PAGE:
The renewable energy developer and investor communities have known for a while now that the tipping point at which subsidy free solar and energy storage will start to be deployed at scale is fast approaching. The question everyone has asking though has been "when?".

At Regen's subsidy free solar developer forum in Bristol on 15 October the answer from several of the speakers was "now". Anesco's Clayhill Farm hybrid site was opened in September 2017 but was considered an outlier. Now, though, there is real momentum behind large scale subsidy free solar. Gridserve have just finished building a 37.4MW solar farm and 27MW battery storage project near York using bifacial modules and single-axis trackers. Burges Salmon are seeing a big increase in the number of solar farms (most with batteries included) going into the development phase.

Although free standing storage has a different revenue stack to solar or hybrid sites, the news on 15 October that the Department for Business, Energy and Industrial Strategy (BEIS) has published a consultation on proposals to exempt energy storage from the Nationally Significant Infrastructure Projects (NSIP) regime in England and Wales would seem to be at least a psychological turning point in that it shows that the Government is keen to support electricity storage. The August 2019 blackout suffered in parts of England showed that electricity storage at scale has an important role to play in our power mix.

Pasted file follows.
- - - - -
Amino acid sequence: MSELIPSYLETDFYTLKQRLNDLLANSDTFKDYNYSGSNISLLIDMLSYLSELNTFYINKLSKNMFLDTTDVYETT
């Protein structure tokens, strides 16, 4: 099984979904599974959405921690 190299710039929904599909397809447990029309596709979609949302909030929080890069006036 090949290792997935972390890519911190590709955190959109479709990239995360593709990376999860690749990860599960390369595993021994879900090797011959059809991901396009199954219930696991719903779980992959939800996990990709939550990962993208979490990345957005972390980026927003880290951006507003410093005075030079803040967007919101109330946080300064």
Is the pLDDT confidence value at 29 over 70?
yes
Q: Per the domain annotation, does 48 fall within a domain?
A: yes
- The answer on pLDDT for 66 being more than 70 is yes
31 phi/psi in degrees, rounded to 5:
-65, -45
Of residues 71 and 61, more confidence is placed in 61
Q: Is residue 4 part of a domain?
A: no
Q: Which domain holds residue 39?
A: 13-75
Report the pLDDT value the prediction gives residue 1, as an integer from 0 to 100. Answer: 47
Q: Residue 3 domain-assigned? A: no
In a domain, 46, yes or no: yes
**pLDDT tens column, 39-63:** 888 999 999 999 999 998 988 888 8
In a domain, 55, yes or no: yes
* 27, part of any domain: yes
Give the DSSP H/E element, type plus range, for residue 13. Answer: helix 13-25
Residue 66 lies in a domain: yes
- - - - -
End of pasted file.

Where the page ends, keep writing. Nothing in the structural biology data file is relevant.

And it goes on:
Other factors driving the market in the direction of subsidy free solar include the drive towards Net Zero, the increase in EVs and electric transport, the Extinction Rebellion agenda and the fact that solar power is now cost competitive. Abid Kazim from NextEnergy Capital pointed out at the Regen event that it's quite possible that the current projections for the deployment of subsidy free solar by 2030 are way below what will actually happen. Aurora Energy Research has also released new analysis on 16 October which suggests that a capacity increase of 100GW will be required in UK solar and wind. That's a lot of solar farms.